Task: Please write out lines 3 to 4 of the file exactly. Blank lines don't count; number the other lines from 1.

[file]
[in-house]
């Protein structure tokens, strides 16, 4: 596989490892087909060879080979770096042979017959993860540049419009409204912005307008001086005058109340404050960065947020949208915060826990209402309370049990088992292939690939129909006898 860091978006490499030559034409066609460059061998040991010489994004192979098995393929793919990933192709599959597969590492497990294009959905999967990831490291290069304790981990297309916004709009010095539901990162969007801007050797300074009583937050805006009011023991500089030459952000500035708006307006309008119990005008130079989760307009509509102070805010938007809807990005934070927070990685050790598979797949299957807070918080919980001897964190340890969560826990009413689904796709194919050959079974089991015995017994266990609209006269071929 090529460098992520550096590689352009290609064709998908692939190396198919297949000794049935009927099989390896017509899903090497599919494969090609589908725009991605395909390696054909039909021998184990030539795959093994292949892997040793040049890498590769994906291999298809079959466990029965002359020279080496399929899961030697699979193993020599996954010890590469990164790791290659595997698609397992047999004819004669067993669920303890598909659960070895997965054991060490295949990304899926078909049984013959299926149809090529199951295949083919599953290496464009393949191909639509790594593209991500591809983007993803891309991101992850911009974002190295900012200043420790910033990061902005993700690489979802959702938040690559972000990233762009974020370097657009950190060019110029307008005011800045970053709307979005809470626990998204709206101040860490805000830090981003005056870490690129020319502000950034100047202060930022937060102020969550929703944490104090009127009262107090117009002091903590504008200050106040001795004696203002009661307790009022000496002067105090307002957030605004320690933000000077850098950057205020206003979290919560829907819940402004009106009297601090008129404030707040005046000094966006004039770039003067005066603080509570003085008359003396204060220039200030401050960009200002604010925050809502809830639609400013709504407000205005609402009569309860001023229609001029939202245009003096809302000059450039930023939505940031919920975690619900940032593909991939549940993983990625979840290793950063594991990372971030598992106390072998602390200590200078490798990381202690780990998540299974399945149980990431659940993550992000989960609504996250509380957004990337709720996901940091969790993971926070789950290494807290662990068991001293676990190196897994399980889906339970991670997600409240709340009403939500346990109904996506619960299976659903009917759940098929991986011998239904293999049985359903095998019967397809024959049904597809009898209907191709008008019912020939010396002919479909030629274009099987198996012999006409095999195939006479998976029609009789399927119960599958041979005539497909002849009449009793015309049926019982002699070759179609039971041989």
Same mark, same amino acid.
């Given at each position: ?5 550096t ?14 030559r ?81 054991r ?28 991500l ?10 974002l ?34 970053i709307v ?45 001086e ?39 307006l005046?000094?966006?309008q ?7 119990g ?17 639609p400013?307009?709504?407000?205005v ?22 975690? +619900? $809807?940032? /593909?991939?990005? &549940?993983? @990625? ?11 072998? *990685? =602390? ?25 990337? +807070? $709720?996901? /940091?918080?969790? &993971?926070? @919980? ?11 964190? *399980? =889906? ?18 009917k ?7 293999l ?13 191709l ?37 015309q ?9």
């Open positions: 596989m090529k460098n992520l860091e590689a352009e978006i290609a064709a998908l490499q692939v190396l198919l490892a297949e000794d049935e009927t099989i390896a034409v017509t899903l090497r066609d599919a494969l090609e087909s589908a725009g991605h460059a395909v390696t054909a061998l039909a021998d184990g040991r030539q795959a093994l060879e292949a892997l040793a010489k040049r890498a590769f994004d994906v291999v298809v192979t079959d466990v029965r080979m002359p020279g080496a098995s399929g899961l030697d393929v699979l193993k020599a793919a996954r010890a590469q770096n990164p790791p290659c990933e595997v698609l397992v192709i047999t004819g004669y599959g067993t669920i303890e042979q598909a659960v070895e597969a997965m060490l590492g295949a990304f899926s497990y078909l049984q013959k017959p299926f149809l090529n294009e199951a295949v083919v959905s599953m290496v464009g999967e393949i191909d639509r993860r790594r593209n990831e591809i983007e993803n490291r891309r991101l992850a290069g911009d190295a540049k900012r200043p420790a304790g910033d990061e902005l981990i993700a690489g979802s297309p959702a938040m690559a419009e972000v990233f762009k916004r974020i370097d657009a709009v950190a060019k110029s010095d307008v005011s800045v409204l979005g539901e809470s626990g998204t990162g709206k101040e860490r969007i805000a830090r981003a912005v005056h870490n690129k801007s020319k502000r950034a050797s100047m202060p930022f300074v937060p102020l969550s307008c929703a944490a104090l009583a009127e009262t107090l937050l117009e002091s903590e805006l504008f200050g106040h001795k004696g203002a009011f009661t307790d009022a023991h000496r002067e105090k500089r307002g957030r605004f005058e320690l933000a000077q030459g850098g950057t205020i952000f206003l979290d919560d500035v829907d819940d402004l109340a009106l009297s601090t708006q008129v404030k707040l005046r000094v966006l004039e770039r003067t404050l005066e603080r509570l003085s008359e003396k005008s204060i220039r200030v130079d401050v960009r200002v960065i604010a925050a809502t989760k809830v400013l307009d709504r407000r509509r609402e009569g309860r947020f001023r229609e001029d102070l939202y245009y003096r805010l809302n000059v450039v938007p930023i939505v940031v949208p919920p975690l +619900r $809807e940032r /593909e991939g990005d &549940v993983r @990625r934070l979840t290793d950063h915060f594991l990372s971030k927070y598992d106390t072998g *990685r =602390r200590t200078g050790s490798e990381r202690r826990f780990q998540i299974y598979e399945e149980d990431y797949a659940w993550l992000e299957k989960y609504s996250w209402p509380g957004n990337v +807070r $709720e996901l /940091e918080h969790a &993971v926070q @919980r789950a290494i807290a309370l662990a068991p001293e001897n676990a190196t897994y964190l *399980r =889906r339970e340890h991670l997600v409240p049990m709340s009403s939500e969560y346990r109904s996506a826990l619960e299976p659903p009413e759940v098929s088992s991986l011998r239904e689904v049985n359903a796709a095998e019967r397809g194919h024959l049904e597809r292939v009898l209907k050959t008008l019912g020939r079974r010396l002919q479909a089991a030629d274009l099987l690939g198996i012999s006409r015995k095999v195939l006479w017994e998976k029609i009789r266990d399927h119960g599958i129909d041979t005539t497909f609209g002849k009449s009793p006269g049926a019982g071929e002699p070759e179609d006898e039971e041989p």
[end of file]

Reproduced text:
Same mark, same amino acid.
């Given at each position: ?5 550096t ?14 030559r ?81 054991r ?28 991500l ?10 974002l ?34 970053i709307v ?45 001086e ?39 307006l005046?000094?966006?309008q ?7 119990g ?17 639609p400013?307009?709504?407000?205005v ?22 975690? +619900? $809807?940032? /593909?991939?990005? &549940?993983? @990625? ?11 072998? *990685? =602390? ?25 990337? +807070? $709720?996901? /940091?918080?969790? &993971?926070? @919980? ?11 964190? *399980? =889906? ?18 009917k ?7 293999l ?13 191709l ?37 015309q ?9």